Let’s have a look at a scenario affecting the checkpoint cost with the following assumptions:
- ETH Price: $200
- MATIC Price: $0.013
- Gwei considered: 30
- Gas considered: 1,000,000
- Checkpoint interval: 15 mins
Checkpoint cost-to-reward ratio pertaining to the checkpoint reward during the first year of live network based on the above assumptions comes to 5.18%.
If we were to update the interval to 30 mins, then the same ratio comes down to be 2.59%
Let’s say that during the initial phase if we were to go ahead with the same assumptions as stated above with the checkpoint interval being 15 mins, then the bonus to be paid out to the checkpoint proposer will be 5.18% and the algorithm will update this bonus number dynamically depending upon the current checkpoint cost. Please note that this updated bonus value will come into effect based on the governance and consensus between the validators.
If at some point in time during the first year, and proposer bonus being at 5.18%, if the total bonded tokens in the system is 1 billion, then the network reward rate is 30% and the effective reward rate for every staker other than the proposer, after deducting the bonus component from the checkpoint reward, is 28.45%
Please note that the cost has been calculated pre-istanbul and will decrease significantly now.
Encouraging the proposer to include all signatures
To avail the bonus completely, the proposer would need to include all signatures in the checkpoint. Because the protocol desires ⅔ +1 weight of the total stake, the checkpoint will be accepted even with 80% votes. However, in this case, proposer gets only 80% of the calculated bonus.
Each block producer at Bor will be given a certain percentage of the transaction fees collected in each block. Selection of producers for any given span is also dependent on the validator’s ratio in the overall stake. The remaining transaction fees flow through the same funnel as the rewards which get shared among all validators working at the Heimdall layer. What exact percentage of transaction fees will be shared with every block producer will be decided at a later point in time taking into consideration the overall statistics of the live network. Until then, the transaction fees flow through the same funnel disbursing everything collected among all validators.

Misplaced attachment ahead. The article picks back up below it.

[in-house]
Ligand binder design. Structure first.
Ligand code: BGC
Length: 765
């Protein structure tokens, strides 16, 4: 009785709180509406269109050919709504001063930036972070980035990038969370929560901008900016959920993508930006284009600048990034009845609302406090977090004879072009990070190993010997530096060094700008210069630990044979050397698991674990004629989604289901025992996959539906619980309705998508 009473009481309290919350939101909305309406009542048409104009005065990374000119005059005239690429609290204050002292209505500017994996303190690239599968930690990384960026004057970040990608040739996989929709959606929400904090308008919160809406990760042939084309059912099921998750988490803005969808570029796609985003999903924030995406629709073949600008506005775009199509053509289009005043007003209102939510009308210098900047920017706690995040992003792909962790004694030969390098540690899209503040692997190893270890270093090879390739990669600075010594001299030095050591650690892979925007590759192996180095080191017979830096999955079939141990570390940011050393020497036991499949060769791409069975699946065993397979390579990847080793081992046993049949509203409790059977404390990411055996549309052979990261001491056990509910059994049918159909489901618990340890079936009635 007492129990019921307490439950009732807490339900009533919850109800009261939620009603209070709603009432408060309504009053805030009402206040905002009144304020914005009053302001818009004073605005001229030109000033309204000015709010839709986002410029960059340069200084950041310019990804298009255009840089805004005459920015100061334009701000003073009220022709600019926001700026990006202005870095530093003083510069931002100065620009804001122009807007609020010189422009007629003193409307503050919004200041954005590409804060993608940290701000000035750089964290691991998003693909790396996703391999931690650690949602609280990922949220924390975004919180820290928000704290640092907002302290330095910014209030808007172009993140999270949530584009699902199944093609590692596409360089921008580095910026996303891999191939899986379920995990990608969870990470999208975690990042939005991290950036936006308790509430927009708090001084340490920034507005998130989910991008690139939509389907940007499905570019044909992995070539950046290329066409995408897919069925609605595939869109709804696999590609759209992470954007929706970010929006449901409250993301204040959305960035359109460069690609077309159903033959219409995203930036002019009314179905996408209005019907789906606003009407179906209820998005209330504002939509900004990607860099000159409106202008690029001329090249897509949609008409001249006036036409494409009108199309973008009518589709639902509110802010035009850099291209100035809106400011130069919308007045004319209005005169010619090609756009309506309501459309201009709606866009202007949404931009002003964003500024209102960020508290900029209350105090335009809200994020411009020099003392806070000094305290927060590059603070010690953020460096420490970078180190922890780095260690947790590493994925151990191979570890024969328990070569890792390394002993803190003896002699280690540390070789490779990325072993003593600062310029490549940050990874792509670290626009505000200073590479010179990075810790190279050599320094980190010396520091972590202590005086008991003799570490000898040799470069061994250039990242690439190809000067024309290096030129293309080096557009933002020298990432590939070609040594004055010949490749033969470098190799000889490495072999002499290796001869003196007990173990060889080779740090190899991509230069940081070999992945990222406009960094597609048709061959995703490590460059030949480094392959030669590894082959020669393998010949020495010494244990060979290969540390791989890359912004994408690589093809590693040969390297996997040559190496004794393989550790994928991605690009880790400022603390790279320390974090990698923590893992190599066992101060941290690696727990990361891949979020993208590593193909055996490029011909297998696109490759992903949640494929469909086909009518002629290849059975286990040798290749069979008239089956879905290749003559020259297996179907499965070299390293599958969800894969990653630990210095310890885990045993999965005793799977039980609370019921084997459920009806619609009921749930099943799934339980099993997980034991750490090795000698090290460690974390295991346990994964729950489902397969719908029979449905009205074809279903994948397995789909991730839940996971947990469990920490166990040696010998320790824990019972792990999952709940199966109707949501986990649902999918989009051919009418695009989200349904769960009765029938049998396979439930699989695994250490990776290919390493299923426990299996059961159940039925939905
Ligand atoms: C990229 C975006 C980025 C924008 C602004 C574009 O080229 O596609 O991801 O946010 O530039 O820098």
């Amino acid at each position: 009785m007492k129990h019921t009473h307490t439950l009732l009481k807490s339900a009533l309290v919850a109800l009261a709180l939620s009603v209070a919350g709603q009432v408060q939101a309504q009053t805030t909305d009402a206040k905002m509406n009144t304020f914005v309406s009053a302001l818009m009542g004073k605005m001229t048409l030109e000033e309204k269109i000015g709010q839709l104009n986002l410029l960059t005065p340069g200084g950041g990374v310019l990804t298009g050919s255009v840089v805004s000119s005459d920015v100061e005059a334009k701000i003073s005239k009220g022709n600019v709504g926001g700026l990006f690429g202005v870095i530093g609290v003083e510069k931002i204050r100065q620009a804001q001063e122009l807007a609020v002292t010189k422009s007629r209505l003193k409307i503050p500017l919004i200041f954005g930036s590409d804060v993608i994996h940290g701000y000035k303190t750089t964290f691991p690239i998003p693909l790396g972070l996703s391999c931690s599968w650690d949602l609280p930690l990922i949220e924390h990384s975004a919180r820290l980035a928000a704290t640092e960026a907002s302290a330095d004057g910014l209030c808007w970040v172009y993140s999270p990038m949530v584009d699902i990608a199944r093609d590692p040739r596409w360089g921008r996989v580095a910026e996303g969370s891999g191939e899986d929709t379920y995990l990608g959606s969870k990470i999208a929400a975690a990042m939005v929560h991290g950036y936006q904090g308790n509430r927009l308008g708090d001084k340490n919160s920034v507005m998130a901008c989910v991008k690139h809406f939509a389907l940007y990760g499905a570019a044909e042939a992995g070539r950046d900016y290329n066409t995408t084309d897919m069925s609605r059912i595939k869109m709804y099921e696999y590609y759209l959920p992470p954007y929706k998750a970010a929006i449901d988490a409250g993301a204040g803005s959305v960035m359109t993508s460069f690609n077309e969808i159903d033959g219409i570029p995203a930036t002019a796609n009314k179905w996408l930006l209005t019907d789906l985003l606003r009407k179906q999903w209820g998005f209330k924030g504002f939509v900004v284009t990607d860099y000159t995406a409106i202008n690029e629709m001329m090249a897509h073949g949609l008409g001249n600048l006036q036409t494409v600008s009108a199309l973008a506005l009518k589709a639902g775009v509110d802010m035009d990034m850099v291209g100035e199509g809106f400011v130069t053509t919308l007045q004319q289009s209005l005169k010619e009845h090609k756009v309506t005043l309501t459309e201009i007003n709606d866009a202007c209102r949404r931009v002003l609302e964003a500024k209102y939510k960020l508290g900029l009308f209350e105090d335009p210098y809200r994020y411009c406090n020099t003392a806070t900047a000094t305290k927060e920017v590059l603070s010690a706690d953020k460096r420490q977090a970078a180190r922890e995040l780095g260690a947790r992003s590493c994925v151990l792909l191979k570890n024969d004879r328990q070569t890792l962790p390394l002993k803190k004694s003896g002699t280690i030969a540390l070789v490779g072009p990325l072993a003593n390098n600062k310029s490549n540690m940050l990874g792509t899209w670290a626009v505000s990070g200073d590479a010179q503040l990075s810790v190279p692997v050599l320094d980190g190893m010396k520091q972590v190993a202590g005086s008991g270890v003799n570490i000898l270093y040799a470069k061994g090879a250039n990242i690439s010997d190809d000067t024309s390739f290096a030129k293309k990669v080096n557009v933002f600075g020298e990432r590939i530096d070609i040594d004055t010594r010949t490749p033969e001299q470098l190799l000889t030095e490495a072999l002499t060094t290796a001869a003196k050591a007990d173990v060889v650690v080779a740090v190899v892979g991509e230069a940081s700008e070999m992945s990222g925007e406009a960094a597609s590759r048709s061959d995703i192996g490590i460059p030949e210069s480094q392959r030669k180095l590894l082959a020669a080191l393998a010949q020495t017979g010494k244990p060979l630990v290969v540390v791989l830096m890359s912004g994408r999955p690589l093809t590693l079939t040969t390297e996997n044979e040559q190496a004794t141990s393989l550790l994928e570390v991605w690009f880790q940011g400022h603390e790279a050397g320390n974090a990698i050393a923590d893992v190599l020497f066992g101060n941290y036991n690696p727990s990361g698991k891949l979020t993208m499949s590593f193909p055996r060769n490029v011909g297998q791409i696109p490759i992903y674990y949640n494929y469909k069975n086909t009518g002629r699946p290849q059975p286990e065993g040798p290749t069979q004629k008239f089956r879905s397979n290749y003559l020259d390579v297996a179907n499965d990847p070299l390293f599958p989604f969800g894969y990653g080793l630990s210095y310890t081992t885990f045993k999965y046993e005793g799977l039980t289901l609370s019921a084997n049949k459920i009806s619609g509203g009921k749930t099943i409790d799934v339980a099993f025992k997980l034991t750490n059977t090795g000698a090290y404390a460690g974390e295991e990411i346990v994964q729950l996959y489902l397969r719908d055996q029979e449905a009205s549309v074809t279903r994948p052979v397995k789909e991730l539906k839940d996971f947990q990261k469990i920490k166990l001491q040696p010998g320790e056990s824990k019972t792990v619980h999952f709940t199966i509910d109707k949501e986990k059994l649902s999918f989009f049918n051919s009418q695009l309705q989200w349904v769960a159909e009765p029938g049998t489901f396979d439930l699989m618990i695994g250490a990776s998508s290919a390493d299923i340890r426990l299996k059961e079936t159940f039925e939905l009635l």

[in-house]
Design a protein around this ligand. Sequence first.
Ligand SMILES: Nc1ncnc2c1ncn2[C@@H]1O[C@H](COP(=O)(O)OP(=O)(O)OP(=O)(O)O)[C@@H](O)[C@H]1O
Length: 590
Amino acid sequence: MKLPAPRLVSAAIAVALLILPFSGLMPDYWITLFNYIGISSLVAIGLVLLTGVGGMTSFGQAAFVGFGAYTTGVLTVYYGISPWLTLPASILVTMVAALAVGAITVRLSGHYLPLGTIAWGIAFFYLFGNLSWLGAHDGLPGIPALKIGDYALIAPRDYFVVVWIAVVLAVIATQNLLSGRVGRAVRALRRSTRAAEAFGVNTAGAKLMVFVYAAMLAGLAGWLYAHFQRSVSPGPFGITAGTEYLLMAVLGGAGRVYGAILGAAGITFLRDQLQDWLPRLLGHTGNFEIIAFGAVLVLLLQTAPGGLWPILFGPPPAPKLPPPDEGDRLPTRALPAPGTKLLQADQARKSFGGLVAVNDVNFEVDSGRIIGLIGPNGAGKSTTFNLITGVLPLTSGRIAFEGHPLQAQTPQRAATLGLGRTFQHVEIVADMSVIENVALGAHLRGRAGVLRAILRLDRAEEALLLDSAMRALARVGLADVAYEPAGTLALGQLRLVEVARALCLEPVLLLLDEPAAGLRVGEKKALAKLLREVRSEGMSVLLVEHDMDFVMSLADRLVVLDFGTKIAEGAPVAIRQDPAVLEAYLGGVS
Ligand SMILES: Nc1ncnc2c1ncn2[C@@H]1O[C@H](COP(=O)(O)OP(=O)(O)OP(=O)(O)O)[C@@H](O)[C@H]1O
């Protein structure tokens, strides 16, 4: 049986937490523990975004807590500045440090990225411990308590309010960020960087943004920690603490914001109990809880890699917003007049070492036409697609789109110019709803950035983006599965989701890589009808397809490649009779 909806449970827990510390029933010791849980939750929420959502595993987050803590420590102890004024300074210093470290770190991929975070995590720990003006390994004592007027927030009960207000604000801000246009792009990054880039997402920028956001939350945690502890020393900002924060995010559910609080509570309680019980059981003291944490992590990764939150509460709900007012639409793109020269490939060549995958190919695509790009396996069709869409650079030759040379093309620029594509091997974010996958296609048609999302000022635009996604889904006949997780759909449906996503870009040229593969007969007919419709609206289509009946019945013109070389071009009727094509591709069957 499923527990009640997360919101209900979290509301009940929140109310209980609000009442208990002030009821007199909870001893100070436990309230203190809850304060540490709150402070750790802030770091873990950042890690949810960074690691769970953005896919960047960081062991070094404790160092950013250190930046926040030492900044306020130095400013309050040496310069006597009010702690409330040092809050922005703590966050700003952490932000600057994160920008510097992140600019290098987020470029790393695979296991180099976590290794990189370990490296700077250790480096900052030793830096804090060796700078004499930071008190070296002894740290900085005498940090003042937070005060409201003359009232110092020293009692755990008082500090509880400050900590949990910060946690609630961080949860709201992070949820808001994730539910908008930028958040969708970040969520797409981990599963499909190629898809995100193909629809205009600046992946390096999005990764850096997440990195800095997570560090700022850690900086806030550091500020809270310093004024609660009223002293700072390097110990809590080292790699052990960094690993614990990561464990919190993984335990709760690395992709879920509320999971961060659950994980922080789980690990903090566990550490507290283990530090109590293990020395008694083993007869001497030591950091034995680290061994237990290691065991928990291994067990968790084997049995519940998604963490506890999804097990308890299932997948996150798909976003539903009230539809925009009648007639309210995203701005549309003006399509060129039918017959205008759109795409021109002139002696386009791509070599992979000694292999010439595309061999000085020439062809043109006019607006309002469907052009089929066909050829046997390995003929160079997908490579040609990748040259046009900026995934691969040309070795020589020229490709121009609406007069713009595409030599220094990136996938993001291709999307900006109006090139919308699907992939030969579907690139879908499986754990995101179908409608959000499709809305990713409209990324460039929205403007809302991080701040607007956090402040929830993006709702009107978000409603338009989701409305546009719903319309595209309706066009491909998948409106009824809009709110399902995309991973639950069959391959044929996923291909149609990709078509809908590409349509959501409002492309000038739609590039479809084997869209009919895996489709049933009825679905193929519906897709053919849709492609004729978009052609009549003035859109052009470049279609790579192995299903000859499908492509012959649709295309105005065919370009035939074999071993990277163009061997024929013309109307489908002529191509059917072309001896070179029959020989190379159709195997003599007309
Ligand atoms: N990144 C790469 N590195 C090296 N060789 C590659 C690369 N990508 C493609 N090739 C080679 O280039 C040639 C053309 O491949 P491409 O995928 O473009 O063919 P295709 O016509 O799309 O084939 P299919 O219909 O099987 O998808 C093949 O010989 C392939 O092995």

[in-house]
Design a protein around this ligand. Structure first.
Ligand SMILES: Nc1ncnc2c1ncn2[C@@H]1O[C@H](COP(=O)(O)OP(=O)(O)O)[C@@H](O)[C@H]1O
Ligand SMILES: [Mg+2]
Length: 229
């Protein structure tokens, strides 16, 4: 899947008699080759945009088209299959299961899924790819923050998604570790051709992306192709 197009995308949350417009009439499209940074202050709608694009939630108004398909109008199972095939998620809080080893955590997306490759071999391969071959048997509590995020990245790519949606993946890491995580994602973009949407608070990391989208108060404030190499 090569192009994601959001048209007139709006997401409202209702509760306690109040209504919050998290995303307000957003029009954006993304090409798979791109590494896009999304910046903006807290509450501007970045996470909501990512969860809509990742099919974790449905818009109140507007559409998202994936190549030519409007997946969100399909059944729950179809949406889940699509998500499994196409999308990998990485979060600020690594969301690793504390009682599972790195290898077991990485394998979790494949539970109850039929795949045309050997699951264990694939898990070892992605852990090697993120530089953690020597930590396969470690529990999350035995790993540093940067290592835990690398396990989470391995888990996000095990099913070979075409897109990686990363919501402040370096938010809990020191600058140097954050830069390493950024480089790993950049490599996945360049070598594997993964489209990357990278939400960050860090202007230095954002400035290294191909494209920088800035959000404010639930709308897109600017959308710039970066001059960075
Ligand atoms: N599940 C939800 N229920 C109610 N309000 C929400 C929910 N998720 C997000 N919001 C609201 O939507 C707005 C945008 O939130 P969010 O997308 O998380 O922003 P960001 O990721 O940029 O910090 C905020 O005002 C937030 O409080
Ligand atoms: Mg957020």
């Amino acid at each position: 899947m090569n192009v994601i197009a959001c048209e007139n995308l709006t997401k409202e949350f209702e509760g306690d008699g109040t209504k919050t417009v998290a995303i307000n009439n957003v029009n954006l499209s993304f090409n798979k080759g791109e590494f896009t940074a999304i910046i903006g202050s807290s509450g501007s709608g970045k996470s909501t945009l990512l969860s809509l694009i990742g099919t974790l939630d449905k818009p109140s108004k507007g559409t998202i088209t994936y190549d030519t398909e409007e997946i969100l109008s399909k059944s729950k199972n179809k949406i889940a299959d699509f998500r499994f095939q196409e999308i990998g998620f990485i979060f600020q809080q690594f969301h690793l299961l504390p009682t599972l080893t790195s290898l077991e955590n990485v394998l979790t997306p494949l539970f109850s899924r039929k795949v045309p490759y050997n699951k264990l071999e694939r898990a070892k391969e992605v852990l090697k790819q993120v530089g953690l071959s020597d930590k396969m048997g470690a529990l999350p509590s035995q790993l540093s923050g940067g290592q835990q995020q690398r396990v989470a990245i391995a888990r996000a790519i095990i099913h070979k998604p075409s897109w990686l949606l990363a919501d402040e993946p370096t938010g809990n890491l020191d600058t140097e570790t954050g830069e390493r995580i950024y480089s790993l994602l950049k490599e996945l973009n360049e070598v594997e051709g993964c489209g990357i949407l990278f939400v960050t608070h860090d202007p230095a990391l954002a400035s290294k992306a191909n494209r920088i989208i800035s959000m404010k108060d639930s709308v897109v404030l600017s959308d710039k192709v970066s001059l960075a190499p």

Becoming a Validator
We had earlier mentioned that we are thinking of having a minimum self-stake requirement from the validators, as we do hope that validators also have their skin in the game. However, since we will be moving to a robust replacement strategy because the number of validator slots are limited as of now, the Polygon staking program will not have a minimum self-stake requirement. It is however, logical that over time, the average/median stake by a validator will tend upwards and become substantial.
Thus to begin with, becoming a validator on Polygon requires a minimum self stake of 1 MATIC.
The replacement strategy involves calculation of a comprehensive validator scoring mechanism. If all validator slots are filled, a new validator can only replace one from the current set if it can beat the score of the least ranked validator. Bidding in the real world is simple, whoever gets the most stake gets the spot. However, the way to elect validators is not limited in this ecosystem.
Our initial bidding design takes a combination of stake, age, rewards earned and deductions, if any, to rank validators. One can revise one’s self stake, for example, to replace an existing validator.
To replace a new validator with more stake should be easier than replacing an old one with the same amount of stake because of the effect of age on the validator scoring equation, assuming that both of these validators from the current set have the same stake ratio as compared to the total pool and that no deductions have occured in this example.
We’ll be disclosing the exact equation after our public testnet event where we’ll be formulating above mentioned factors with appropriate weightages.